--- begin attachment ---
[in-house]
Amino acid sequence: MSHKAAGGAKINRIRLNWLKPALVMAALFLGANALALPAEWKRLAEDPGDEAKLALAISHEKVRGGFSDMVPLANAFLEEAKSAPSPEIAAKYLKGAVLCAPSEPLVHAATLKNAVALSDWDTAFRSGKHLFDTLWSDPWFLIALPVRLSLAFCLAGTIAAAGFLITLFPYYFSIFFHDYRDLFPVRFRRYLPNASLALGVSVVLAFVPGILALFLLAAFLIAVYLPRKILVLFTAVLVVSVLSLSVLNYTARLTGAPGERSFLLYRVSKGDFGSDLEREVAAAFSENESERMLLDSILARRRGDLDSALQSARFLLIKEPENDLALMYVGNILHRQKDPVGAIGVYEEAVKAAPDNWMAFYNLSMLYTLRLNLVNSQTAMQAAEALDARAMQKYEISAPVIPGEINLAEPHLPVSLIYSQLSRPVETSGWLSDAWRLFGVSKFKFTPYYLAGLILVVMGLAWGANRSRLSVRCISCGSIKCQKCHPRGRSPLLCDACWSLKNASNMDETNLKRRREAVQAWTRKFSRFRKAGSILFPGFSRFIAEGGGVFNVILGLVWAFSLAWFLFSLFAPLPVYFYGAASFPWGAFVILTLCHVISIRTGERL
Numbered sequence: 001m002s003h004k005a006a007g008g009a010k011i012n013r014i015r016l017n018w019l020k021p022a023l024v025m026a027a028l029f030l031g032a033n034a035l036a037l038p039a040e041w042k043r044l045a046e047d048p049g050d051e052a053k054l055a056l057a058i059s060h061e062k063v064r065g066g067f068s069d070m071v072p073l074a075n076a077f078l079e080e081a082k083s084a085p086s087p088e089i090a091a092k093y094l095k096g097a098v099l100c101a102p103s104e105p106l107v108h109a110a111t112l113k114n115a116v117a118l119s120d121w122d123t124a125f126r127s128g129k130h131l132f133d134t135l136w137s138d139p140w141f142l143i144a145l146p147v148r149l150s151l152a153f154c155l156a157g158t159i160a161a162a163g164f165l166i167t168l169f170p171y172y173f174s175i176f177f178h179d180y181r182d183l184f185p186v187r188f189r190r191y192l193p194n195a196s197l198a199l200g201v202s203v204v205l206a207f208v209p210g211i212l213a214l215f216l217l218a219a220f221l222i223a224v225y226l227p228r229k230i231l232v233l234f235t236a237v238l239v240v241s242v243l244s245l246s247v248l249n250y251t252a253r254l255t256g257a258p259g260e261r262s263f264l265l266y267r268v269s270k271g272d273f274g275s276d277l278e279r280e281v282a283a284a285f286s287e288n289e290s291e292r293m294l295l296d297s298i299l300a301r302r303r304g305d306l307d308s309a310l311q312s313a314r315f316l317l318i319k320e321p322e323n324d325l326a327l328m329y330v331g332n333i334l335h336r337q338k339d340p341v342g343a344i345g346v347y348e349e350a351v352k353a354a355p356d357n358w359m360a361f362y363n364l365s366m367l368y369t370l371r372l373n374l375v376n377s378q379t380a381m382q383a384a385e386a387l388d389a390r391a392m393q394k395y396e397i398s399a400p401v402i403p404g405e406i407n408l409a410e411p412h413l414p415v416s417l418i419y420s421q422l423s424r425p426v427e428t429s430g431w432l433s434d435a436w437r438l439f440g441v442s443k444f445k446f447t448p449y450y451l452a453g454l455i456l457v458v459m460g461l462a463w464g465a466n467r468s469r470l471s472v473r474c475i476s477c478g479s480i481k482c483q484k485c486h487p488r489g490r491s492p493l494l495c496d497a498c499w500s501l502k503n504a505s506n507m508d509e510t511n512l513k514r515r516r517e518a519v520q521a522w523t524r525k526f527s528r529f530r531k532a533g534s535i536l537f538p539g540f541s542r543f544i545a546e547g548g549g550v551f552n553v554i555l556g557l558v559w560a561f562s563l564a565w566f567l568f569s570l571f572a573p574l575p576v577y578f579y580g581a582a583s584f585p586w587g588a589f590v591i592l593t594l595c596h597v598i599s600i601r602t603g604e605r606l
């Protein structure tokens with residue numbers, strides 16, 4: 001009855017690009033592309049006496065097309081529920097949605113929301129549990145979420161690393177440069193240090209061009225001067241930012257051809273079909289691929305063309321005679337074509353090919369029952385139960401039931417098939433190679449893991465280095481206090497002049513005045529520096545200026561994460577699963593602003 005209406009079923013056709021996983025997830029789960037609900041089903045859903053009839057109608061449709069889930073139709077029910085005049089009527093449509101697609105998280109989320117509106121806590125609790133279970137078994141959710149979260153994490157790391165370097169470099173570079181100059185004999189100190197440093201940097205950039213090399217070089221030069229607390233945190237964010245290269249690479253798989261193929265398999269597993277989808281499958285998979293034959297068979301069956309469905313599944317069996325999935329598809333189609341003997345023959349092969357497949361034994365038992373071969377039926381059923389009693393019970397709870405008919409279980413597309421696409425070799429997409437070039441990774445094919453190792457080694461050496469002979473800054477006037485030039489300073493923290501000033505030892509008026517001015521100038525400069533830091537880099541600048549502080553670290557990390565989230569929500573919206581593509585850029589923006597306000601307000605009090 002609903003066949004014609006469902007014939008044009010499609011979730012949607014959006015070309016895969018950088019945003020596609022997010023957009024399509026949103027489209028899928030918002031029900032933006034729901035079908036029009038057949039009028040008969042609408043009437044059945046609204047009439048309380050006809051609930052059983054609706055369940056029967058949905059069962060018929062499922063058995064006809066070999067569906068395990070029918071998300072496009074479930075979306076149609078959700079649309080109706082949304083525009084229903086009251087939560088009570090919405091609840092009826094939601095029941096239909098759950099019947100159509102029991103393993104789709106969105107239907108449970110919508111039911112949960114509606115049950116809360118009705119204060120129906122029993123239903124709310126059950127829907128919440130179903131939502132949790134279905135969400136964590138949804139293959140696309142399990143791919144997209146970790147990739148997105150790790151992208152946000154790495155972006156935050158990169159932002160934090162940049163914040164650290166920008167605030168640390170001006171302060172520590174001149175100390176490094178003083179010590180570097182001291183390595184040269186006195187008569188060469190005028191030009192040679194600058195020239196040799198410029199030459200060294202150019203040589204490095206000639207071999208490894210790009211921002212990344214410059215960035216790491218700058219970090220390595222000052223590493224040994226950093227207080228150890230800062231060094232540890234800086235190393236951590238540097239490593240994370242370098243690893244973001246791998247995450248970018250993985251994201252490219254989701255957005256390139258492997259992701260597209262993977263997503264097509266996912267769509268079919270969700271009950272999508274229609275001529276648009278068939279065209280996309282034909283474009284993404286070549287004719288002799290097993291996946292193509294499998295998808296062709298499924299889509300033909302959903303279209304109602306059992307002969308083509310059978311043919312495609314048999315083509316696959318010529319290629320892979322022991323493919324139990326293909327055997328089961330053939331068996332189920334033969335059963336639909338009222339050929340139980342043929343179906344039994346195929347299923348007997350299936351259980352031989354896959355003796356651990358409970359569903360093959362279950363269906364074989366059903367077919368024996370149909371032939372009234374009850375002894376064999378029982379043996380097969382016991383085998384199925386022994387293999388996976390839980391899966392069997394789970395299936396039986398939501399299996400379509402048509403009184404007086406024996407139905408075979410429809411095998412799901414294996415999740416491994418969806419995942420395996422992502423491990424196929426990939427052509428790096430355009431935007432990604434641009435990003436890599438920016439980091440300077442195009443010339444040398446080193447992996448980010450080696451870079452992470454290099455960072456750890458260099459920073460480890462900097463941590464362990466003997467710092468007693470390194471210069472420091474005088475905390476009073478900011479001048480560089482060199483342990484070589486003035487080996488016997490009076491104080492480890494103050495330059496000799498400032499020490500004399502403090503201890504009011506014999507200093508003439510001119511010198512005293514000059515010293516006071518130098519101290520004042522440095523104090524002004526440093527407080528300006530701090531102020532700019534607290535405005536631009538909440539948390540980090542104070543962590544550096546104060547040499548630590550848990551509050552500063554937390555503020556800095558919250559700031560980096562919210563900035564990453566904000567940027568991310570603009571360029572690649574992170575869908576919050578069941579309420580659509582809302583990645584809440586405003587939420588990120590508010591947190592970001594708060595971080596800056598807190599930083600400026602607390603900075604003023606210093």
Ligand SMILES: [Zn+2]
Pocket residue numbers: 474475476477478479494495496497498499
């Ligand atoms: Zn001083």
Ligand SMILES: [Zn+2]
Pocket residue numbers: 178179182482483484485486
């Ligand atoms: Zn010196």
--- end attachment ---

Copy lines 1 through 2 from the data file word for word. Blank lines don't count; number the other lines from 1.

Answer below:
[in-house]
Amino acid sequence: MSHKAAGGAKINRIRLNWLKPALVMAALFLGANALALPAEWKRLAEDPGDEAKLALAISHEKVRGGFSDMVPLANAFLEEAKSAPSPEIAAKYLKGAVLCAPSEPLVHAATLKNAVALSDWDTAFRSGKHLFDTLWSDPWFLIALPVRLSLAFCLAGTIAAAGFLITLFPYYFSIFFHDYRDLFPVRFRRYLPNASLALGVSVVLAFVPGILALFLLAAFLIAVYLPRKILVLFTAVLVVSVLSLSVLNYTARLTGAPGERSFLLYRVSKGDFGSDLEREVAAAFSENESERMLLDSILARRRGDLDSALQSARFLLIKEPENDLALMYVGNILHRQKDPVGAIGVYEEAVKAAPDNWMAFYNLSMLYTLRLNLVNSQTAMQAAEALDARAMQKYEISAPVIPGEINLAEPHLPVSLIYSQLSRPVETSGWLSDAWRLFGVSKFKFTPYYLAGLILVVMGLAWGANRSRLSVRCISCGSIKCQKCHPRGRSPLLCDACWSLKNASNMDETNLKRRREAVQAWTRKFSRFRKAGSILFPGFSRFIAEGGGVFNVILGLVWAFSLAWFLFSLFAPLPVYFYGAASFPWGAFVILTLCHVISIRTGERL